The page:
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Volume 21 No. 2
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Olympic activation in no hurry

Though last week’s one-year-out date for the London Olympics was greeted with fanfare overseas, most Olympic sponsors are sticking to their traditional marketing timetable and waiting until 2012 to activate in the U.S.

Of 21 U.S. Olympic Committee and International Olympic Committee partners contacted, only eight had launched limited activation programs in the U.S. as of last week. Most sponsorship executives said they preferred to wait until the first or second quarter of 2012, when the 2012 London Games will be more top of mind, before moving ahead with more robust activation efforts.

The USOC has been encouraging its partners to promote the Olympics earlier. It held a one-year-out celebration at New York’s Lincoln Center last week and has had limited success in getting partners to participate and activate simultaneously. BMW announced its portfolio of athletes on the same day, and Citi held a press conference and ceremonial Team USA flag-raising ceremony outside of its headquarters. Both events were in New York.

“It’s hard for the sponsors to create a platform and maintain enthusiasm for the next 365 days,” said Gordon Kane, founder of Victory Sports Marketing, who is advising Deloitte on its Olympic sponsorship. “The USOC has tried to create some platforms. They’re making progress. It works for some sponsors but not for others.”

Social media is the platform of choice for sponsors who have begun activating in the U.S. BMW, 24 Hour Fitness and Budweiser have all incorporated Facebook and Twitter into their promotions. BMW has encouraged athletes to tweet and post to their Facebook pages about appearances at its dealerships; 24 Hour Fitness hosted a live question-and-answer session with U.S. Olympic track and field hopeful Rubin Williams; and Budweiser offered fans the chance to take Olympic-style photos at the Taste of Chicago and Fair St. Louis festivals and retrieve them from Facebook.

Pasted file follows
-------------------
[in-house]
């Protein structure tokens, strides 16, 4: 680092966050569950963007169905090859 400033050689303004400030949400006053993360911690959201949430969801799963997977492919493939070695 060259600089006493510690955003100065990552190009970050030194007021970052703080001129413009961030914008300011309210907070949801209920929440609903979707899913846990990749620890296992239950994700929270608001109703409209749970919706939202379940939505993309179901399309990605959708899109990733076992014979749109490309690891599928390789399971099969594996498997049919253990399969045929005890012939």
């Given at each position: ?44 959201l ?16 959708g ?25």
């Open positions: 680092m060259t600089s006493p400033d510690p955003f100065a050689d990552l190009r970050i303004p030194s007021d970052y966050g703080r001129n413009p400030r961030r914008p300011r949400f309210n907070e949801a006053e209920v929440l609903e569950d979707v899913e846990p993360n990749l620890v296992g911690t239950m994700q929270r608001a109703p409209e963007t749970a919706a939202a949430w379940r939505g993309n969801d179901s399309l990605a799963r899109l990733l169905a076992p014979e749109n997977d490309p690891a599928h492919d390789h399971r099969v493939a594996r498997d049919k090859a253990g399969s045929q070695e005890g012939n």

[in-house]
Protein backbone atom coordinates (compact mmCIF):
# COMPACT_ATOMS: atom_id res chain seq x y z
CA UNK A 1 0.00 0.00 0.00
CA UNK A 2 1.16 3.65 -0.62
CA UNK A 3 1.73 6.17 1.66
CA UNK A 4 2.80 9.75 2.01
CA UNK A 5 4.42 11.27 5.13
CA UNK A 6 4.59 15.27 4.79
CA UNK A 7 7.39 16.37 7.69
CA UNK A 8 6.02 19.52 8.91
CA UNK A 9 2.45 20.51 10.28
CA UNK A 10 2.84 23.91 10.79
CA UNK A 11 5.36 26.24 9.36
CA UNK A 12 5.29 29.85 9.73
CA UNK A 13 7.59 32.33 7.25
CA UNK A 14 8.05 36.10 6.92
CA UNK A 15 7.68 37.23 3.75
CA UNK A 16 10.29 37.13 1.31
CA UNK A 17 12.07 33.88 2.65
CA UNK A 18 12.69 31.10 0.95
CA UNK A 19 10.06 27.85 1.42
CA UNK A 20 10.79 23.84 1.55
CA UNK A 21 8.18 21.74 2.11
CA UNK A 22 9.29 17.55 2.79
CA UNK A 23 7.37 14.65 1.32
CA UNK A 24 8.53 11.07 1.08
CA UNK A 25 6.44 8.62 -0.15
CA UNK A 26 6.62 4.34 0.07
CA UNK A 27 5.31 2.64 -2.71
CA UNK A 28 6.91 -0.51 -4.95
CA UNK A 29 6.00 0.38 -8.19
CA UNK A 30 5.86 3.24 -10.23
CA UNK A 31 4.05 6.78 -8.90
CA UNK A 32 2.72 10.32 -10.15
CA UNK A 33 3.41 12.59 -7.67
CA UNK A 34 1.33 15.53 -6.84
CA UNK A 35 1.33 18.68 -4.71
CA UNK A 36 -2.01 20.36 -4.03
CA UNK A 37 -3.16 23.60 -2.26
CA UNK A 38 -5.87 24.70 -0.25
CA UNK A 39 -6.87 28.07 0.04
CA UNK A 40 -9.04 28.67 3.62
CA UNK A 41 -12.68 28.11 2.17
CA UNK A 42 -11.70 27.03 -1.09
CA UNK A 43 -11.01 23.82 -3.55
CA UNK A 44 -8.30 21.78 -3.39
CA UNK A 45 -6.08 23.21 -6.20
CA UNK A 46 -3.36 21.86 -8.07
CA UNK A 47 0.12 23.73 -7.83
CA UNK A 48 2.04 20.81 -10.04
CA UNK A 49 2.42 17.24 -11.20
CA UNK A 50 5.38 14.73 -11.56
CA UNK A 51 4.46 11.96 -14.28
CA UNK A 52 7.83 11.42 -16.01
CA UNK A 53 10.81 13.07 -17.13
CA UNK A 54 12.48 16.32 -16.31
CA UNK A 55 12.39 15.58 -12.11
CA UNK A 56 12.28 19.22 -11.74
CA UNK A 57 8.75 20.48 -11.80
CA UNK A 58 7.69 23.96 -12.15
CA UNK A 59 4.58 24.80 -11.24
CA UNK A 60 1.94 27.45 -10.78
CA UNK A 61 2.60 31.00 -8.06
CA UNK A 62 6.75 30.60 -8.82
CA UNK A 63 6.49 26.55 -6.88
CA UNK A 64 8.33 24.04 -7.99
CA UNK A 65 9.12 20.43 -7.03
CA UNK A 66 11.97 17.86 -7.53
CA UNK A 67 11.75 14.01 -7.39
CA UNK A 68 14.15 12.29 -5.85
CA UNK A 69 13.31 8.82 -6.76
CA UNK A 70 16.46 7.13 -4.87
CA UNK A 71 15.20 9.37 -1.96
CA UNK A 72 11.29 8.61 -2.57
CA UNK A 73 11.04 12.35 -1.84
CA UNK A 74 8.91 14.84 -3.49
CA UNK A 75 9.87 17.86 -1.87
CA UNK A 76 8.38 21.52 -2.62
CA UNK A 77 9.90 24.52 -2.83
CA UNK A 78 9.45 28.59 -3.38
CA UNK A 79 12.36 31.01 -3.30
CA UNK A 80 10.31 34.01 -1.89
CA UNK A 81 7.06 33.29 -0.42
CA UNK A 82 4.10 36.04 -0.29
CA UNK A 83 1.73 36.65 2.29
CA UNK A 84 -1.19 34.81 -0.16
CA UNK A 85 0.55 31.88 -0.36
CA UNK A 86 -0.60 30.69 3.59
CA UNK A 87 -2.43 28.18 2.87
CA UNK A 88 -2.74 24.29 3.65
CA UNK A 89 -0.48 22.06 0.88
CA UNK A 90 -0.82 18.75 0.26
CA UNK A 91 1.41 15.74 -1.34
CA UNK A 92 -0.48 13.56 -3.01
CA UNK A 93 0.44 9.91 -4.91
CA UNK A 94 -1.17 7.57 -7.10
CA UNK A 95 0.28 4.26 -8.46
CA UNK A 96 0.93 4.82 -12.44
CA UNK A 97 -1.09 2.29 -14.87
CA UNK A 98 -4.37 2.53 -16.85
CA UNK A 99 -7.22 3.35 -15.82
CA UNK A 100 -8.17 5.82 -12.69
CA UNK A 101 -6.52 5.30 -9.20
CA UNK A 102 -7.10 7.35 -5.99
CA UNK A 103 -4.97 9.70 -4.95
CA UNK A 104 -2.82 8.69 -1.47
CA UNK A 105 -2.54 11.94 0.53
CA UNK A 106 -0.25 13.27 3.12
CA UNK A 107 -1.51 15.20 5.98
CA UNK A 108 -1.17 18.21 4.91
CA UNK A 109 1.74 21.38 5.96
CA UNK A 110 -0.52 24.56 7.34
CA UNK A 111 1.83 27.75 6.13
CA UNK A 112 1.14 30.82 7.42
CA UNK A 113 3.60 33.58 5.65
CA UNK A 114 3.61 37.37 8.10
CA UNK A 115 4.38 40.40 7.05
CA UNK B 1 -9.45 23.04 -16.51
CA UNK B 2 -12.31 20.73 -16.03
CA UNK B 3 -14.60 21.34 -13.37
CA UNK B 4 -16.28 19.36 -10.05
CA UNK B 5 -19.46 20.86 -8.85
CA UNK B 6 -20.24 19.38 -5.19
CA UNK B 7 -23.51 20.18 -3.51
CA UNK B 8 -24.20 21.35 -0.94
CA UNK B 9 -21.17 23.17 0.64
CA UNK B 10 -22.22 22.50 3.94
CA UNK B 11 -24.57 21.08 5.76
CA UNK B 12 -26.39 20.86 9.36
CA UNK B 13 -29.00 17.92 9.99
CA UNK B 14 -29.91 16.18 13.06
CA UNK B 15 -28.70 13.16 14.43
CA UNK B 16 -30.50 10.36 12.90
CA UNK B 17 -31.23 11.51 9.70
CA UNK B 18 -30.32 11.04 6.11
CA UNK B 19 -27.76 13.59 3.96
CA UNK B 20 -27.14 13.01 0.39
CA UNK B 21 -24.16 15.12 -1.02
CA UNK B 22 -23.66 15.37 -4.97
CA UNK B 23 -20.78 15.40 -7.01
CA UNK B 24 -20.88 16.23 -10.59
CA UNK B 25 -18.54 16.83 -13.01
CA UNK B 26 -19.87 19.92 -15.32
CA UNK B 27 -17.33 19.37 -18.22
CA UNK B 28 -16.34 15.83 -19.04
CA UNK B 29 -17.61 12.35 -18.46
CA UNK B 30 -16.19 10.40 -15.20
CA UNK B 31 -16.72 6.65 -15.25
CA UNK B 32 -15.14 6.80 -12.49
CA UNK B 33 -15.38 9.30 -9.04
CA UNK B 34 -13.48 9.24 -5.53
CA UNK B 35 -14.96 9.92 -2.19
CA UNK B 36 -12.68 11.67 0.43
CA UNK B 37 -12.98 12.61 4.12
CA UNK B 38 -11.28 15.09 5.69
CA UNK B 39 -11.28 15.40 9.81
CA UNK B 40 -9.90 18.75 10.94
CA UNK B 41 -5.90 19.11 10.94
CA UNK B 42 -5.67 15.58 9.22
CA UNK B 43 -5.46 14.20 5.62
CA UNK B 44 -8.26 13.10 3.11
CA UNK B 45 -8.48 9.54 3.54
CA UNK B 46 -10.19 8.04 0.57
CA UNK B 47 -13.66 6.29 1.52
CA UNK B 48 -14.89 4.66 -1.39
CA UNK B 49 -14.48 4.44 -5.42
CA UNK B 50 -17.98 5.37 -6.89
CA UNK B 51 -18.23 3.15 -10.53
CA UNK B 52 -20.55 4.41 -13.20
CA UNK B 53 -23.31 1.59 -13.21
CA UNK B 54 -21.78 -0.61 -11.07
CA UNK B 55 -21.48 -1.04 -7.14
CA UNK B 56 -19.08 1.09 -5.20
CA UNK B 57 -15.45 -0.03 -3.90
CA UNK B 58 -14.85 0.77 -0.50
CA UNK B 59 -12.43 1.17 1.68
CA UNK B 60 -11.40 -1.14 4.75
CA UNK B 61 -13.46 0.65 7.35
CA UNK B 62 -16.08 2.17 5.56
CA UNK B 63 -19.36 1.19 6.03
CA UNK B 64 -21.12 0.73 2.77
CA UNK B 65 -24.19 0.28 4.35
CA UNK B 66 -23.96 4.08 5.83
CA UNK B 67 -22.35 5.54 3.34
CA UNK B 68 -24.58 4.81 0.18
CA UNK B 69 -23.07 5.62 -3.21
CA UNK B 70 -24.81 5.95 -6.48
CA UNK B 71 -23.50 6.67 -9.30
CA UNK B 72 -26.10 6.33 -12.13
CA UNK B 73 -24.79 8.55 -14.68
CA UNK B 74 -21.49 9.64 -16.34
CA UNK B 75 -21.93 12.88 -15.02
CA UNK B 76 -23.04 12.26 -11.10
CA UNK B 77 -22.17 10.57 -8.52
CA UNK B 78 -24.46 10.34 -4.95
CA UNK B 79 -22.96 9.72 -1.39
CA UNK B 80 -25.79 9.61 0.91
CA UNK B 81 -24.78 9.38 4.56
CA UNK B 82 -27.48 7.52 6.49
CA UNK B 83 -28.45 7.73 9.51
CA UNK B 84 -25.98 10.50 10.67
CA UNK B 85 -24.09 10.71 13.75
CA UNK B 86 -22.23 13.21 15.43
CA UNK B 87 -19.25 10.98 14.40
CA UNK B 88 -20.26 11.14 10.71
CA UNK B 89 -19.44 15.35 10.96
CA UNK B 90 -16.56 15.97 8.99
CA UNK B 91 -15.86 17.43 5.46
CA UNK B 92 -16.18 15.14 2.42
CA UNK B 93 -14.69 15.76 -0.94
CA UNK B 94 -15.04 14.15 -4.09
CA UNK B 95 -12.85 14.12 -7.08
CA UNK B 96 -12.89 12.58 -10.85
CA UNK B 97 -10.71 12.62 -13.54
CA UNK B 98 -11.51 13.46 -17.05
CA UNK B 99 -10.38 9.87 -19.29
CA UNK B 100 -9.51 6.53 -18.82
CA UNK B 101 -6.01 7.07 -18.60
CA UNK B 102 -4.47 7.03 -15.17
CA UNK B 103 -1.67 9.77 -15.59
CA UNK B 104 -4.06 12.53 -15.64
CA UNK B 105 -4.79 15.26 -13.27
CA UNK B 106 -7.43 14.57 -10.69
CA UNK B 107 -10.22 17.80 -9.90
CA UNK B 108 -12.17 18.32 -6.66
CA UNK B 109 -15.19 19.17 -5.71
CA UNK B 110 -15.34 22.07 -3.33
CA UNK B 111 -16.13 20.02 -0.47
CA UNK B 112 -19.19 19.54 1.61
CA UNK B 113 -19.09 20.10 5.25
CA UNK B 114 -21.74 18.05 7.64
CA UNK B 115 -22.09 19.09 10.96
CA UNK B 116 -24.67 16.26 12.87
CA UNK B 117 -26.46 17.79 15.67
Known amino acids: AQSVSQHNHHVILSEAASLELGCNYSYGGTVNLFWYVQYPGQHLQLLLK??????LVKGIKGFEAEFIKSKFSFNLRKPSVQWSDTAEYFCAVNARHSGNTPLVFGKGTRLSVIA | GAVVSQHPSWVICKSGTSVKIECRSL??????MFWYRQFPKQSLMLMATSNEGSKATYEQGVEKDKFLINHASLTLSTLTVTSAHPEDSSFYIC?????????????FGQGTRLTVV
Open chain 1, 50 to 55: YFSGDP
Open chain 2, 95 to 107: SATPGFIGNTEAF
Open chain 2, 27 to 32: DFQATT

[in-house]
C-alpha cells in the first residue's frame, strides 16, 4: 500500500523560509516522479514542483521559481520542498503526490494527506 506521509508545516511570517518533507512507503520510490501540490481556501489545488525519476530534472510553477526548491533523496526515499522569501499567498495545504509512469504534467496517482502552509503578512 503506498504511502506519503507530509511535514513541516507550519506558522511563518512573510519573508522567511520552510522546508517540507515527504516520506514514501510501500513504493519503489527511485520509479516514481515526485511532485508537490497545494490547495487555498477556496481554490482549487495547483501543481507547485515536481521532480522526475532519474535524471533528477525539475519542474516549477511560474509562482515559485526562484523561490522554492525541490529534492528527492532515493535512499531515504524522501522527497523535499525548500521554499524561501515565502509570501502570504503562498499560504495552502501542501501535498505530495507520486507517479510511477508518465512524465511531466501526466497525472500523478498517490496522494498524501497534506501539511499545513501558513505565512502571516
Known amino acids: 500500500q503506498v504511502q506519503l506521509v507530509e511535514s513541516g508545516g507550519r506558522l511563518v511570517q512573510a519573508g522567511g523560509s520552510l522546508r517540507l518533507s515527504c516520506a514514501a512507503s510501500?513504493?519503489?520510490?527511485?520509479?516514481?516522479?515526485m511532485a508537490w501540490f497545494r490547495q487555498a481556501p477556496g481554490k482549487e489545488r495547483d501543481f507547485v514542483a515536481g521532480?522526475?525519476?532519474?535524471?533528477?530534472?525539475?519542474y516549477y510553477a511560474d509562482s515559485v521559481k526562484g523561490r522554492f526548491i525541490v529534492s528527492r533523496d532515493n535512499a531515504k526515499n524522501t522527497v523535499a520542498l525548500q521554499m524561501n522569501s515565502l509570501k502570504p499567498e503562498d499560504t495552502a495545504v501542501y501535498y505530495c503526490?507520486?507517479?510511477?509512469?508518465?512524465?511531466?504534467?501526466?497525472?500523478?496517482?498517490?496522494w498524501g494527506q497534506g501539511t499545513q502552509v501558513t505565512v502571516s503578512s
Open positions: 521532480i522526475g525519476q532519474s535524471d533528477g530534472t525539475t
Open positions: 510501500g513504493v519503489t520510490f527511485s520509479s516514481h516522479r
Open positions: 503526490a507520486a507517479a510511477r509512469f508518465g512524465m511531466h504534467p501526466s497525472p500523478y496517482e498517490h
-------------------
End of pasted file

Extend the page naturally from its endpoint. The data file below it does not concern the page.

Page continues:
“Social media is going to have a much more dramatic impact on our activation,” said 24 Hour Fitness chief marketer Tony Wells. “We did not do a Facebook execution for Beijing, but we’re planning to do a lot of social around 2012.”

Wells said that 24 Hour Fitness also has seen more interest among Olympic sponsors in cross-promotional campaigns. Because marketing budgets are tight, sponsors have looked to work together to reach more consumers. He said many of those efforts remain in the works and will be finalized during a USOC sponsor summit in Colorado Springs, Colo., next month.

BMW, the USOC’s new auto partner, has launched one of the most robust campaigns. The auto manufacturer has had 276 dealerships participating in a Drive for Team USA program that sees the company donate $10 to the USOC for every test drive taken at a dealership through Aug. 13. It has 18,000 registered test drives to date, said Trudy Hardy, manager of BMW marketing communications and consumer events at BMW of North America.

Coca-Cola and Visa, two of the most storied Olympic partners, have stuck to a more traditional approach to their marketing. Coca-Cola signed eight athletes who will be featured on point-of-sale materials and advertising. Visa announced the signing of four new members of its team, including Jessica Long (Paralympic swimming) and Alicia Sacramone (gymnastics).

Several sponsors have limited their marketing to overseas promotions. Omega installed its official Omega Countdown Clock in Trafalgar Square earlier this year and last week unveiled a limited edition London 2012 watch. Procter & Gamble is giving away 90 percent of its ticket allocation for the 2012 Olympics to consumers who become eligible to win tickets by buying P&G products in the U.K.